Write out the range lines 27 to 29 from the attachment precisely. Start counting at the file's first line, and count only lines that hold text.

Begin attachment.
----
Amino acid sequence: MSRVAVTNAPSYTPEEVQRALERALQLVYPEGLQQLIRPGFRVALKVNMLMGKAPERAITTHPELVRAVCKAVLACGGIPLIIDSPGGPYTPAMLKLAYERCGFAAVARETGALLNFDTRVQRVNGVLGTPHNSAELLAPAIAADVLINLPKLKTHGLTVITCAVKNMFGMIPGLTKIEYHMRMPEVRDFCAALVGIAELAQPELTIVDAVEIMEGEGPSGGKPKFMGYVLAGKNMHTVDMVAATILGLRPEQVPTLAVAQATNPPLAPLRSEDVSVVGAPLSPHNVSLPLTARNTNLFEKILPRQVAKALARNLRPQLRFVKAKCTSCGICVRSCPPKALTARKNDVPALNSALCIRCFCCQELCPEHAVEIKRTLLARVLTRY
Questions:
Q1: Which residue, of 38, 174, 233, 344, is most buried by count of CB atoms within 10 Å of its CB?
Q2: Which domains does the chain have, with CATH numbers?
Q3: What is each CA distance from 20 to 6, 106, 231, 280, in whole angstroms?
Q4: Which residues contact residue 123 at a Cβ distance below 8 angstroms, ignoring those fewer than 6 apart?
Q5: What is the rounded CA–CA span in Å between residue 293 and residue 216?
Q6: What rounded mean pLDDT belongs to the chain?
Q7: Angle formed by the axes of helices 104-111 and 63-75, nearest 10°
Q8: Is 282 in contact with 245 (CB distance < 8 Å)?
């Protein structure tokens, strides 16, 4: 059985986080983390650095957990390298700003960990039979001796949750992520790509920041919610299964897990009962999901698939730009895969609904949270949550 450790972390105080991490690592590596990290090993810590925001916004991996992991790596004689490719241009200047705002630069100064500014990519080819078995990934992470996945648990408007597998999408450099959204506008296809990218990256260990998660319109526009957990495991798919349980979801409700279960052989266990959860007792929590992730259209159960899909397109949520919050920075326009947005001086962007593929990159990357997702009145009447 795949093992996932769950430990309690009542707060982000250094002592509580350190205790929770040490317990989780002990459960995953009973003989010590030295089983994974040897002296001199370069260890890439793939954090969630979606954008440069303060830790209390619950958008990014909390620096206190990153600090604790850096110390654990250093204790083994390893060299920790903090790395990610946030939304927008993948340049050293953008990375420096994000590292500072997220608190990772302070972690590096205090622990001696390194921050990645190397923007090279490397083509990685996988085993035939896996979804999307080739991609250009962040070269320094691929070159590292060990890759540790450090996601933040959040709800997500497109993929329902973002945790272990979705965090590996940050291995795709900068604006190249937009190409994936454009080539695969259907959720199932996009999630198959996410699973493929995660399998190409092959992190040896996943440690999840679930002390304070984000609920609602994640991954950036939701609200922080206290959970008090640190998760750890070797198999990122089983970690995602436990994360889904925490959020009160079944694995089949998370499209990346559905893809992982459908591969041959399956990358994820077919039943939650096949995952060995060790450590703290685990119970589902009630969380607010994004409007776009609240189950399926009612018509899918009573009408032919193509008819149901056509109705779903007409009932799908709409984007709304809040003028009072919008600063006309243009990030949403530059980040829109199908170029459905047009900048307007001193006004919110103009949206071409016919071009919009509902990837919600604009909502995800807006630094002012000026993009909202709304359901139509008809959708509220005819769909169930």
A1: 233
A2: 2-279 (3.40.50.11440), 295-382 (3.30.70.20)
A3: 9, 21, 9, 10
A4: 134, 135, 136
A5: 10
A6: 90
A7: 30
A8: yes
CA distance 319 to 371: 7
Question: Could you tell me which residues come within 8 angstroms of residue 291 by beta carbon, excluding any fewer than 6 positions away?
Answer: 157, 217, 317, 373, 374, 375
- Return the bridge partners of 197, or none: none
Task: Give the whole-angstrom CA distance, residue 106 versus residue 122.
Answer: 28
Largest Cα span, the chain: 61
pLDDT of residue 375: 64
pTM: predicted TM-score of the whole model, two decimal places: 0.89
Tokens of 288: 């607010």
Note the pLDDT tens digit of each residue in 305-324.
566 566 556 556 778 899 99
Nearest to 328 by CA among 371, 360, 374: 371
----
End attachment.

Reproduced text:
pLDDT of residue 375: 64
pTM: predicted TM-score of the whole model, two decimal places: 0.89
Tokens of 288: 């607010």